by: JIM CLARK, Anita Floyd, who warmed a bench and made many friends outside the downtown Kitchen Kaboodle for much of four years, had a heart attack there and died Nov. 29. A Wednesday vigil is planned.

There are places in a city that become holy ground.

The people behind churches and synagogues and mosques would have us believe their buildings provide sanctuary. But in the life of a city, sanctuary is just as often marked by water-stained notes and bouquets.

Anita Floyd, 71, lived on the wooden bench at Southwest Alder Street and Sixth Avenue the last four years, lived there as much as she lived anyplace, passing out bits of her life to people who hardly knew her, in exchange accepting bits of theirs, and spare change if they wanted to give it.

Floyd was homeless most of the four years she spent in Portland before her death last week.

On Friday one small purple flower remained on the bench outside Kitchen Kaboodle. The day before there were bouquets and coins and notes with tape that just couldn't hold on through one more rain-filled night.

A single white lily had stood tall and straight, wedged into the bench's slats. People stood in front of the bench Thursday, and some of them cried. Others stood there just long enough to remember an elderly woman who seven days a week smiled and said hello to everybody.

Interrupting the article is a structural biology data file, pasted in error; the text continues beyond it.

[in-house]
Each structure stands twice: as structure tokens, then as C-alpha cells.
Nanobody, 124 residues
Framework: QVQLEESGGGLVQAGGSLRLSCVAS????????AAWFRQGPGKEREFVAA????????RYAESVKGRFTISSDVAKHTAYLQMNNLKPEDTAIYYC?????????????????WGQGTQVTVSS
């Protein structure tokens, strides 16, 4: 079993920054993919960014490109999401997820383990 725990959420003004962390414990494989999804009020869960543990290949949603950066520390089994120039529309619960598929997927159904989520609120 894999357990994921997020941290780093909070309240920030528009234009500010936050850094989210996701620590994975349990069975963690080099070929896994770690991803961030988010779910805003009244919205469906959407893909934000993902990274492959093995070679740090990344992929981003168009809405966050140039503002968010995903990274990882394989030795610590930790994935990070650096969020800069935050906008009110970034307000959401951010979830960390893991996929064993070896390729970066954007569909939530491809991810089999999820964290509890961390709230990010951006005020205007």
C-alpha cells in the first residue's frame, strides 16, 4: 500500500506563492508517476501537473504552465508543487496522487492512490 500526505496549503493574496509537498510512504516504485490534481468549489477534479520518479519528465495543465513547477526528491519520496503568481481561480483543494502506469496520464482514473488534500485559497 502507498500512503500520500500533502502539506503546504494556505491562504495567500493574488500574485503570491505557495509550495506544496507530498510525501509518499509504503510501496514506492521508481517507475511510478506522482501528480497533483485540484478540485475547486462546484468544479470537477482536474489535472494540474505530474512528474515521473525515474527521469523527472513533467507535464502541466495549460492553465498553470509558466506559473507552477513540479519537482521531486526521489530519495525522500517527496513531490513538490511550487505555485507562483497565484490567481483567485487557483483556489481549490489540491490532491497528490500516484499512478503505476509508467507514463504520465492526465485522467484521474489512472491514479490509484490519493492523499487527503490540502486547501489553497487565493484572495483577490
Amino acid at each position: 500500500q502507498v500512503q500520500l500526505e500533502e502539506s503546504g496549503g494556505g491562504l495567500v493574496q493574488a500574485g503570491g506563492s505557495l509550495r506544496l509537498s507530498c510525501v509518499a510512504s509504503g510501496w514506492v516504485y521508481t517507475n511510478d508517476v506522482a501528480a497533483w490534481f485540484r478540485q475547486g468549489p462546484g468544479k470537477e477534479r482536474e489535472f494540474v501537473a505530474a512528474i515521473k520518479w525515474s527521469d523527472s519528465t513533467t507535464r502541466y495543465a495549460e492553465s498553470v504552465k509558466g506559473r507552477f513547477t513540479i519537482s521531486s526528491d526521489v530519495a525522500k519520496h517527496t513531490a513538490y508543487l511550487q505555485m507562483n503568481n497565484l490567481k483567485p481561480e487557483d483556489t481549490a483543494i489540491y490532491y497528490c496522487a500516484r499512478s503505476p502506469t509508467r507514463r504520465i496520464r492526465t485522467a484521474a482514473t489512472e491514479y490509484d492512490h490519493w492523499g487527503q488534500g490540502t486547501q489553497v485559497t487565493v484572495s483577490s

Tom Ayres at the Star Park around the corner remembered that just two months ago the red-haired Floyd had confided, 'My birthday's next Saturday.' He brought her a card and necklace to mark the day.

Employees at Kitchen Kaboodle recall watching as strangers would strike up conversations with Floyd, who always sat at one end of her bench, as if the rest of the seating was an invitation.

'People would sit down and talk to her at lunch and give her half their sandwiches,' says Eileen McDaniel, store manager at Kitchen Kaboodle.

McDaniel also remembers the young man who took the memorial lily off the bench Thursday and walked away with it, and the city Clean and Safe patrol officer who chased the man two blocks and made him put the flower back.

Floyd was a panhandler, though barely, holding her silver cup in a way that said she was willing to accept money but unwilling to make it an issue.

'One time I loaned her some money,' says Virginia Howard, manager at the Oregon Health and Science University behavioral health clinic down the street. 'And she paid it back. Another time I loaned her money, and she wasn't able to pay me back and she told me. And she never asked for money after that.'

Two weeks ago Floyd suffered a massive heart attack right at home, on her bench. The paramedics revived her, but Floyd never made it out of the hospital.

A memorial service will be held for Floyd at her bench at 2 p.m. Wednesday.

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